During the first month following the end of the operation, the world media and both governmental and nongovernmental organizations were interested in the aftermath of the operation.
However, with the passage of time and the emergence of new issues, that interest has almost evaporated, save the continuous interest and attention of the International Committee of the Red Cross (ICRC), the UN and its various organizations.
Both of these organizations try to highlight the severe humanitarian and environmental problems and the plight of the Gazans by issuing detailed and comprehensive reports on the post-operation situation in the Gaza Strip.
In this respect, the ICRC issued its latest report in June. The UN, through its Environment Programme (UNEP) earlier this month, tried to draw attention to the worsening humanitarian and environmental disaster facing Gaza.
The 97-page report, which is titled “Environmental Assessment of the Gaza Strip,” is the most detailed and comprehensive report on the current environmental situation in Gaza.
First of all, it says the most obvious impact of Cast Lead is the large quantity of demolition debris that was generated in Gaza. The United Nations Development Programme (UNDP) estimates that the total quantity demolition debris produced during the operation was close to 600,000 tons.
However, available data from various UN organizations do not distinguish between residential buildings and industrial or commercial buildings. So it is difficult to evaluate how many of these locations may contain hazardous materials. Nevertheless, there is a high probability that most building rubble is contaminated to some degree, including from residential buildings, where household hazardous materials such as disinfectants, medicines, solvents and other chemicals are present.
The second important environmental and humanitarian problem created by the Israeli operation is to do with the farmland, which is the main living means of most Gazans. In this respect, the report states that the operation led to the large-scale destruction of farmland, including orchards, greenhouses and open fields. The movement of large military vehicles, such as tanks and armored carriers, over agricultural land affected the texture and quality of the soil. Before the start of Cast Lead, the total cultivated area in Gaza was recorded as 170,000,000 square meters. According to an agricultural survey conducted by the UNDP/the Program of Assistance to the Palestinian People (PAPP), 17 percent of the total cultivated areas of Gaza were completely destroyed during the operation, including 17.5 percent of the orchards and 9.2 percent of the open fields.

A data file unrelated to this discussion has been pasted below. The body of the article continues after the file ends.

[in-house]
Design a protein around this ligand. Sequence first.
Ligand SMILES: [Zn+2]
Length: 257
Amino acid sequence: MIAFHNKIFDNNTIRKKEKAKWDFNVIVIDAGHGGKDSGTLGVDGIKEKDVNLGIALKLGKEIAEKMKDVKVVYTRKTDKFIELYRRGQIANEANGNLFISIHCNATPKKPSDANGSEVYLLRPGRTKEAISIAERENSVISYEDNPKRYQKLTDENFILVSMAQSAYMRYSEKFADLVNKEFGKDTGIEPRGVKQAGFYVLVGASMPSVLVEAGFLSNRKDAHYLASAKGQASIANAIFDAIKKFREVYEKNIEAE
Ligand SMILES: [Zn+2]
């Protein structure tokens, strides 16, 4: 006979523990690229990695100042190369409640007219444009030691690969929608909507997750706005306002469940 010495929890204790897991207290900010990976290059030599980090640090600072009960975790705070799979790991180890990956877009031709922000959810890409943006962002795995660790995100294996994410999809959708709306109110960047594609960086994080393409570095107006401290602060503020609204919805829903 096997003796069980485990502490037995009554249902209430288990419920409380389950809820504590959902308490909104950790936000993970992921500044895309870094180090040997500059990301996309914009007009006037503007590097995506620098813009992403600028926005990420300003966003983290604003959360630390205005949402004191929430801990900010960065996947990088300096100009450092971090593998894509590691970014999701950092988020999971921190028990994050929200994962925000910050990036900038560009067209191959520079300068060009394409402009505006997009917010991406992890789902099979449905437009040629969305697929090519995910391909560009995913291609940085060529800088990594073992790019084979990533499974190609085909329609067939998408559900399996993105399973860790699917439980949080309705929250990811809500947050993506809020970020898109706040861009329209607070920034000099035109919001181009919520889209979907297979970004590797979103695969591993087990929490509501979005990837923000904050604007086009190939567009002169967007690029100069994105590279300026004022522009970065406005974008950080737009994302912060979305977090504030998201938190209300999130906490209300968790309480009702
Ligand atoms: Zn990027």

With regards to the third problem, the ICRC report says that the water system in Gaza is on the verge of collapse due to pollution that has been worsened by damage to infrastructure during the operation. Sewage contamination of the underground water table far exceeds allowable levels set by the World Health Organization (WHO), the report states clearly. The same report also notes that it will take more than 20 years and a billion dollars to rehabilitate the water system in Gaza.
This contamination, which led wastewater to penetrate the aquifer, led to some extent to a decline in the quality of drinking water. The decline is not directly connected to the operation but rather to prolonged over-pumping from the aquifer, but nonetheless the operation made things worse in this respect.
So, as seen from the report, Gaza is on the verge of both humanitarian and environmental disaster. It is of course a big shame on the part of the international community to forget and not to have cared for Gaza and the Gazans for eight long months. The only statesman who reminded people of the plight is course Prime Minister Recep Tayyip Erdoğan, who brought the plight to the attention of the UN General Assembly last Thursday. For that, I thank him and wish for others to remember Gaza and Gazans.